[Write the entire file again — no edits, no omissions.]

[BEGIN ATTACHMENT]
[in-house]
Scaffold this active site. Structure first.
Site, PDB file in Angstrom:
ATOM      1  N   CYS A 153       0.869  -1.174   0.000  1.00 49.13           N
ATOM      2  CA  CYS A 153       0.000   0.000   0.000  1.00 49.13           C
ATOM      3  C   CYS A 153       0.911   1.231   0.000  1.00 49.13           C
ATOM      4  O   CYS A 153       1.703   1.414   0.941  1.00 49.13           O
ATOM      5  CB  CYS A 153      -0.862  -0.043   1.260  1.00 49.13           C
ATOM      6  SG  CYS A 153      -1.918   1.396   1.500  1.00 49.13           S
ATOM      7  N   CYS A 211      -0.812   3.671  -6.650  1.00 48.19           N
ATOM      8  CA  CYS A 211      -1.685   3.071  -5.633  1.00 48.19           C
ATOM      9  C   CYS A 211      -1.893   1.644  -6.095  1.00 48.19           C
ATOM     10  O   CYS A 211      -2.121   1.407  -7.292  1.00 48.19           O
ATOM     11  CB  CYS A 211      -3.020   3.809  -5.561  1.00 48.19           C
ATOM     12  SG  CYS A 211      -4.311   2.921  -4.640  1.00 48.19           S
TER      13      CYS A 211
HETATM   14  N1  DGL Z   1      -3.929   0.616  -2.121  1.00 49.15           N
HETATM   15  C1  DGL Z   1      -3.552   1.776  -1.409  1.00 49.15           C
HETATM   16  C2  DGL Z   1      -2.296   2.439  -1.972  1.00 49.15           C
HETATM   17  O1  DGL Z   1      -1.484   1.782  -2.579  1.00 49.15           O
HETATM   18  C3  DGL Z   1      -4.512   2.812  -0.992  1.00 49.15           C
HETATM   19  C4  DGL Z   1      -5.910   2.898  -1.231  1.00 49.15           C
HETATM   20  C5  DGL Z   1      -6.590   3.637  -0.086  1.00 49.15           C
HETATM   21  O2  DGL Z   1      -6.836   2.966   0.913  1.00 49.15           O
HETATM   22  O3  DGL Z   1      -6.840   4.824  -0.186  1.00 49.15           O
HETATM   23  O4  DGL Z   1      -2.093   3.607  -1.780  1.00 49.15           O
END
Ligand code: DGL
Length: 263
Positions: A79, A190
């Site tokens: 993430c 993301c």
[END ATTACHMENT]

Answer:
[in-house]
Scaffold this active site. Structure first.
Site, PDB file in Angstrom:
ATOM      1  N   CYS A 153       0.869  -1.174   0.000  1.00 49.13           N
ATOM      2  CA  CYS A 153       0.000   0.000   0.000  1.00 49.13           C
ATOM      3  C   CYS A 153       0.911   1.231   0.000  1.00 49.13           C
ATOM      4  O   CYS A 153       1.703   1.414   0.941  1.00 49.13           O
ATOM      5  CB  CYS A 153      -0.862  -0.043   1.260  1.00 49.13           C
ATOM      6  SG  CYS A 153      -1.918   1.396   1.500  1.00 49.13           S
ATOM      7  N   CYS A 211      -0.812   3.671  -6.650  1.00 48.19           N
ATOM      8  CA  CYS A 211      -1.685   3.071  -5.633  1.00 48.19           C
ATOM      9  C   CYS A 211      -1.893   1.644  -6.095  1.00 48.19           C
ATOM     10  O   CYS A 211      -2.121   1.407  -7.292  1.00 48.19           O
ATOM     11  CB  CYS A 211      -3.020   3.809  -5.561  1.00 48.19           C
ATOM     12  SG  CYS A 211      -4.311   2.921  -4.640  1.00 48.19           S
TER      13      CYS A 211
HETATM   14  N1  DGL Z   1      -3.929   0.616  -2.121  1.00 49.15           N
HETATM   15  C1  DGL Z   1      -3.552   1.776  -1.409  1.00 49.15           C
HETATM   16  C2  DGL Z   1      -2.296   2.439  -1.972  1.00 49.15           C
HETATM   17  O1  DGL Z   1      -1.484   1.782  -2.579  1.00 49.15           O
HETATM   18  C3  DGL Z   1      -4.512   2.812  -0.992  1.00 49.15           C
HETATM   19  C4  DGL Z   1      -5.910   2.898  -1.231  1.00 49.15           C
HETATM   20  C5  DGL Z   1      -6.590   3.637  -0.086  1.00 49.15           C
HETATM   21  O2  DGL Z   1      -6.836   2.966   0.913  1.00 49.15           O
HETATM   22  O3  DGL Z   1      -6.840   4.824  -0.186  1.00 49.15           O
HETATM   23  O4  DGL Z   1      -2.093   3.607  -1.780  1.00 49.15           O
END
Ligand code: DGL
Length: 263
Positions: A79, A190
């Site tokens: 993430c 993301c």